HOMELESSNESS IS NOT just an urban problem. Suburban families can be evicted because they are unable to meet the rent. Women fleeing abusive partners also can end up on suburban streets lacking money or much hope for righting their lives. For 10 years, Sarah's House has provided a temporary home, food and counseling to thousands of Anne Arundel residents who find themselves in such dire straits.When the shelter opened in 1987 in three barracks that the Army had turned over to the county at Fort George G. Meade, Sarah's House could accommodate 34 people.
SPORTS
By DAVID STEELE | February 12, 2007
COLLEGE PARK-- --Gary Williams probably won't look any less hunched over this morning than he has all season, even though his team just finished handling Duke about as well as Duke could ever be handled. No, he can't straighten all the way up yet, because everybody will still be on his back. On his Maryland players' backs, too, but mainly on his, because, you know, this disaster that has befallen the program the past three seasons is all his fault, and it's a miracle he still has his job. Hey, maybe beating Duke yesterday saved his job. Because, think about it, what has he ever done for that school?
NEWS
By J. D. Considine and J. D. Considine,Sun Pop Music Critic | April 9, 1994
Kurt Cobain, the leader of the rock group Nirvana hailed by critics as "the John Lennon of alternative rock" and "voice of our youth's future," was found dead in his Seattle home yesterday, an apparent suicide. He was 27.Seattle police said Mr. Cobain had been dead at least a day. The singer had a gunshot wound to the head; a shotgun and a suicide note were found nearby.Police did not disclose the contents of the note.Mr. Cobain was the songwriter and voice behind such hits as "Smells Like Teen Spirit," "Lithium," "Heart-Shaped Box" and "All Apologies."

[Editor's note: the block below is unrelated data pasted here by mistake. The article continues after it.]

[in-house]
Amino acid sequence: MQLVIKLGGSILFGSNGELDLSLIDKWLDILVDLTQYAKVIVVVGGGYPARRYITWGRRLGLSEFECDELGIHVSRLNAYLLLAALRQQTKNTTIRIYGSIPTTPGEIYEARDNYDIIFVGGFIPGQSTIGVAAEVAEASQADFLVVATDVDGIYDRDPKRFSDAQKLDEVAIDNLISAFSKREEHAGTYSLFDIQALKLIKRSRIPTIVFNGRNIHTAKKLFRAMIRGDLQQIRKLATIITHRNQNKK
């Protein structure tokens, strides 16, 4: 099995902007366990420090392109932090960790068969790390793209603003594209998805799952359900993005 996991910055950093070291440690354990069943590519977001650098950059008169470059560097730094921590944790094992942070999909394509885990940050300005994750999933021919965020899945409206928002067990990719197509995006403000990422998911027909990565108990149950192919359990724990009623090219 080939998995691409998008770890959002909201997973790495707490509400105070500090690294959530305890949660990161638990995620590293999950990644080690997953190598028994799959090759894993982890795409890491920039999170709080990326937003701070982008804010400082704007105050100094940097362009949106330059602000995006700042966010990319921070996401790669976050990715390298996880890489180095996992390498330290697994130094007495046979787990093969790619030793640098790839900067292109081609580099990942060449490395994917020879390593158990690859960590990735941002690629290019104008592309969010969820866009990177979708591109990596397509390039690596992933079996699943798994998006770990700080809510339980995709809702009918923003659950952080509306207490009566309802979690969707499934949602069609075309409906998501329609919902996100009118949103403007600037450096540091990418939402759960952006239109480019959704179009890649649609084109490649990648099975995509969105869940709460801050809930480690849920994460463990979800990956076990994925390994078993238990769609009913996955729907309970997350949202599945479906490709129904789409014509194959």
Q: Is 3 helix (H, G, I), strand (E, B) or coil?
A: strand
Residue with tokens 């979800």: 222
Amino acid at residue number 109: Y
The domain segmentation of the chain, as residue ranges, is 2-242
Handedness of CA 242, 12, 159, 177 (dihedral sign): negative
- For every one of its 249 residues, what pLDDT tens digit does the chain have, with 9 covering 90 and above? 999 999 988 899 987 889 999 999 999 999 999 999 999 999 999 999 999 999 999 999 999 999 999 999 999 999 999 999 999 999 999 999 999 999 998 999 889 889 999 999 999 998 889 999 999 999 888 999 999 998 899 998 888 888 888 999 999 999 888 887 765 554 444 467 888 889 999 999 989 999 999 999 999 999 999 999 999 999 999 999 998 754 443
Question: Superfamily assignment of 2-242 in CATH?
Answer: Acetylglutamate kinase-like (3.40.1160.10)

SPORTS
By Ken Rosenthal | September 25, 1992
Johnny Oates is considered a leading candidate for American League Manager of the Year, but he stated emphatically yesterday that the award should go to Oakland's Tony La Russa."
NEWS
May 19, 2013
This is probably the tip of the iceberg ("Report finds disarray at IRS," May 15). Most government employees believe in large government where can you work and get a pension that you do not pay into and have health care that you do not pay into as well as paid vacation, sick time, lots of holidays and never have the department that you work in audited or held accountable for your performance because your union protects you. I am sure if someone looks...
NEWS
By Frederick N. Rasmussen, The Baltimore Sun | April 21, 2013
Harford County Sheriff's deputies say they made a grisly discovery early Sunday morning after receiving a call at 9:30 a.m. asking them to check on the well-being of an Edgewood resident. Deputies arriving at the house in the 1700 block of Fountain Rock Way, found the home locked but could hear a TV playing inside, according to Harford County Sheriff's Office spokesman Edward Hopkins. No one came to the door, and as they continued their search, deputies observed blood and a body on the floor, officials said.
NEWS
By Carrie Wells, The Baltimore Sun | April 11, 2013
Grace-Kelly Anoma stood in front of a special committee convened to address Coppin State University's troubles and let loose with her frustrations. Some professors teach by reading straight out of the textbook, Anoma told the panel Thursday evening. The dorms often run out of hot water. Students are frequently awarded financial aid, only to wait months for it to be posted to their accounts. The cafeteria food is inedible. Some staff have "the nastiest of attitudes. " "I'm one of those people where I feel like enough is enough," the sophomore nursing student said, drawing applause from a crowd of hundreds.
NEWS
By Yvonne Wenger, The Baltimore Sun | March 17, 2013